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Thread: asp.net vs php?

  1. #26
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    Quote Originally Posted by felgall View Post
    Whether you can do things easier in .NET than you can with PHP would depend on which programming language you run under .NET in the same way that different things can be done easier in different languages under CGI.
    I beg to differ. While C# is arguably a much more powerful language than PHP, the power of ASP.NET comes first and foremost from the framework itself (ASP.NET: System.Web.* namespace), secondly from the rest of the .NET framework which you can leverage for web apps, such as drawing, imaging, workflow, threading, communications, data access, xml, serialization, remoting, string handling, regular expressions, cryptography, file IO etc.

    All of this is available regardless of the language. It is a big mistake to believe that ASP.NET is about programming languages. Indeed, ASP.NET is programming language agnostic. You can use Python, Ruby and even PHP (one of the .NET ports) with the framework as well.


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    Btw, who uses CGI any more? PHP is almost exclusively deployed as scripts executed by mod_php. No CGI. Rails deployed on mongrel with a lighttpd front is using FastCGI. CGI does not scale at all. It launches a process for each and every request; it has a tremendous overhead.

  2. #27
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    Quote Originally Posted by felgall View Post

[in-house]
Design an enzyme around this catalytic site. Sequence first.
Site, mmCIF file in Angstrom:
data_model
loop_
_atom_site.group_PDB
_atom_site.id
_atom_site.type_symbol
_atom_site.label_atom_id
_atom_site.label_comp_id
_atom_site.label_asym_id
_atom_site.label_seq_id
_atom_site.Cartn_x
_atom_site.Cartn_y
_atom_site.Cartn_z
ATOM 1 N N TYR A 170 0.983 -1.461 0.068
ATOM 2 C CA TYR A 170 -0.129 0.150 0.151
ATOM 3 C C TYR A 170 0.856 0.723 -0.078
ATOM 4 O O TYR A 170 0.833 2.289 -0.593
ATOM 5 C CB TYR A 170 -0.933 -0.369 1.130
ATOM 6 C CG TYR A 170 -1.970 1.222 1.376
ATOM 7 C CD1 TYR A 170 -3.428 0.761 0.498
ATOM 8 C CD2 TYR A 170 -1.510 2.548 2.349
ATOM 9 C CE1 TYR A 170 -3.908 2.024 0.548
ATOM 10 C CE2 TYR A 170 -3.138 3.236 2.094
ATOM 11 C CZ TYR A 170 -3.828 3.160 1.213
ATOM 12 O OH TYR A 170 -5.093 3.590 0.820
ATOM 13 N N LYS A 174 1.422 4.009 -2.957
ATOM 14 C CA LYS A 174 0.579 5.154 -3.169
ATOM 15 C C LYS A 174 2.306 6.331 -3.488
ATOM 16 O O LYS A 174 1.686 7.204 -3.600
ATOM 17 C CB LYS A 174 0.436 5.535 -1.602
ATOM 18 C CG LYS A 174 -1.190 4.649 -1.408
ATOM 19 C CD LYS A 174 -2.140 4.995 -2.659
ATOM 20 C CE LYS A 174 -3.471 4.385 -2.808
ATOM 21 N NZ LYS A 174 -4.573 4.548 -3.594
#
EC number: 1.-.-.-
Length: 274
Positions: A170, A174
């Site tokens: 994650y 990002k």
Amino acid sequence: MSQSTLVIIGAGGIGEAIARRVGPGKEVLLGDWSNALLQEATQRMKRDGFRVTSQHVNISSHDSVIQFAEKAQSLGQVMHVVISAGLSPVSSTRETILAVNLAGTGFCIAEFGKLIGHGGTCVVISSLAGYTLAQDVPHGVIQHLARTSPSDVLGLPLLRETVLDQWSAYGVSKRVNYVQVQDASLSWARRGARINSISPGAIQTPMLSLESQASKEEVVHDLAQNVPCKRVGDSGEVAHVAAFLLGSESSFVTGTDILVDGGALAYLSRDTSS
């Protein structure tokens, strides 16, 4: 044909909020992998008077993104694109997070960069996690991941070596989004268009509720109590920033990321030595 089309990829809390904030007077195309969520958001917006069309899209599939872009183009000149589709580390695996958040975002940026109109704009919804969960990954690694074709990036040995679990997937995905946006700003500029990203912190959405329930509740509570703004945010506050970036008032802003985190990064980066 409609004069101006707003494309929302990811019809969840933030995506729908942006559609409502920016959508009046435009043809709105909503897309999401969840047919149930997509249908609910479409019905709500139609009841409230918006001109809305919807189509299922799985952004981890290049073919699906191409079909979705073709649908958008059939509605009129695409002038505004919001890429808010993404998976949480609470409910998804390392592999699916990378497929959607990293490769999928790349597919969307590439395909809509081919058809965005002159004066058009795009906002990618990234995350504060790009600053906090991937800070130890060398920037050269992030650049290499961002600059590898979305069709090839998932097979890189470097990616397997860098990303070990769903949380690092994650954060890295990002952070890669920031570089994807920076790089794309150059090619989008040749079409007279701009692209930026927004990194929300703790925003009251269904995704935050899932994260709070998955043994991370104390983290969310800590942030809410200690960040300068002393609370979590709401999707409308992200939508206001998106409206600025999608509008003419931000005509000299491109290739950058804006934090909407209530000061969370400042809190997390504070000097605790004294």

In either case usage of the alternative languages would shift and that isn;'t happening to any significant degree.
    That may be so, but check out the usage stats for PHP. PHP usage peaked in september 2005. Since then PHP usage has dropped; only now levelling out.

    But in the meantime (according to netcraft) the Internet has almost doubled both in terms of sites and IP addresses.

    Which means that PHP is losing marketshare, fast! It has been more than cut in half since the peak in sept. 2005. So, while you may be right that there's not a mass exodus, it sure looks as if PHP has a hard time holding on to existing sites let alone attracting new ones.

    I don't buy into the "job offer statistics" as a measure of the popularity of a framework/language.

    But right now, PHP does not seem like a good career move.

    Note: The public Netcraft statistics do not hint about which platforms is on the rise. However, I suspect that Rails is attracting most of those sites/startups/developers who would otherwise have gone for PHP. My gut feeling is that Rails and (to a lesser extent) ASP.NET is gaining; PHP and (overall) Java is slowly, steadily declining.

  3. #28
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    Totally agree with honeymonster.

    Just as a very basic example, it's extremely simple to communicate with web services using ASP.NET. In PHP, developers have had to rely on third party libraries for any SOAP communication, up until PHP5, and it is still not as easy as in ASP.NET.

    Further in the way of RPC, there's .NET remoting, which PHP has absolutely no equivalent to.